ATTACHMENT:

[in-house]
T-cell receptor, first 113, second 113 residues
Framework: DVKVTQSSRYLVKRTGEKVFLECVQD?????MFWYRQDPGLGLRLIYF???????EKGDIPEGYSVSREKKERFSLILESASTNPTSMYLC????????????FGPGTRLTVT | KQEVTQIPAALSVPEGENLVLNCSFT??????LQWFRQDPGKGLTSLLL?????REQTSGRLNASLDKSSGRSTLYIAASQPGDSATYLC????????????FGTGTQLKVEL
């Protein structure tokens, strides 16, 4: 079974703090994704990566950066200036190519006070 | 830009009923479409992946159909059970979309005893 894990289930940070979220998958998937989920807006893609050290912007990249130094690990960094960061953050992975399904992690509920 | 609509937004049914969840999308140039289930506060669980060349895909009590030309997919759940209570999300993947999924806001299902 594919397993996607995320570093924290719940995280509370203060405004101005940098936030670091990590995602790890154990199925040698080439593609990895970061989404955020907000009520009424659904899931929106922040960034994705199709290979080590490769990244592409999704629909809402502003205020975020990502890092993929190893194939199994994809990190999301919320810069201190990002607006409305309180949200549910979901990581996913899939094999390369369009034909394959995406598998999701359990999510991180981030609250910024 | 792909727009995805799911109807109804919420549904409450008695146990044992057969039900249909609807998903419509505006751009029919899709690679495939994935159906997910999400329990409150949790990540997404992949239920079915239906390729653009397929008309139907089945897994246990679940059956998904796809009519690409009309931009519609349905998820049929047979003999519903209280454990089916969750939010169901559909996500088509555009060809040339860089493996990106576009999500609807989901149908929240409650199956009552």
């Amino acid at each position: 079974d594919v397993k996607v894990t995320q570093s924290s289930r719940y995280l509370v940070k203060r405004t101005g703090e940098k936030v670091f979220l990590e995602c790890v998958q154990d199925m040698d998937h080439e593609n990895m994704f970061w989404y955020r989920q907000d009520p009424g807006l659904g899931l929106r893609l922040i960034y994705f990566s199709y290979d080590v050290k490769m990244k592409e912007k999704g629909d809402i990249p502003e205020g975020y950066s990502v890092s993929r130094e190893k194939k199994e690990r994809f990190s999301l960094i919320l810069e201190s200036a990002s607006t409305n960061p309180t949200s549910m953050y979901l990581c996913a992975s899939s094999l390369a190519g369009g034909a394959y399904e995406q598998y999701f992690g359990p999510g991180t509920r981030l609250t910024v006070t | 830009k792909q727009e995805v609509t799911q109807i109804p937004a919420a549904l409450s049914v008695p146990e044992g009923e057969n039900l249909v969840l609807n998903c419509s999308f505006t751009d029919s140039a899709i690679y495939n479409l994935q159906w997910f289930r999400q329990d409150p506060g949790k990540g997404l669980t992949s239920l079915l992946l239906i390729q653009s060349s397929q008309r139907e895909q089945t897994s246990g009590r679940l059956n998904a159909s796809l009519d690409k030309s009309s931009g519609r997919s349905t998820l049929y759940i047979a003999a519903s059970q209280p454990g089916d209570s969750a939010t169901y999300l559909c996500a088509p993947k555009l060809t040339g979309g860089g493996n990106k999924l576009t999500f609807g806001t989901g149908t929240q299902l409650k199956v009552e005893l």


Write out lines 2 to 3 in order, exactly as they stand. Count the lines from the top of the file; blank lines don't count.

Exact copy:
T-cell receptor, first 113, second 113 residues
Framework: DVKVTQSSRYLVKRTGEKVFLECVQD?????MFWYRQDPGLGLRLIYF???????EKGDIPEGYSVSREKKERFSLILESASTNPTSMYLC????????????FGPGTRLTVT | KQEVTQIPAALSVPEGENLVLNCSFT??????LQWFRQDPGKGLTSLLL?????REQTSGRLNASLDKSSGRSTLYIAASQPGDSATYLC????????????FGTGTQLKVEL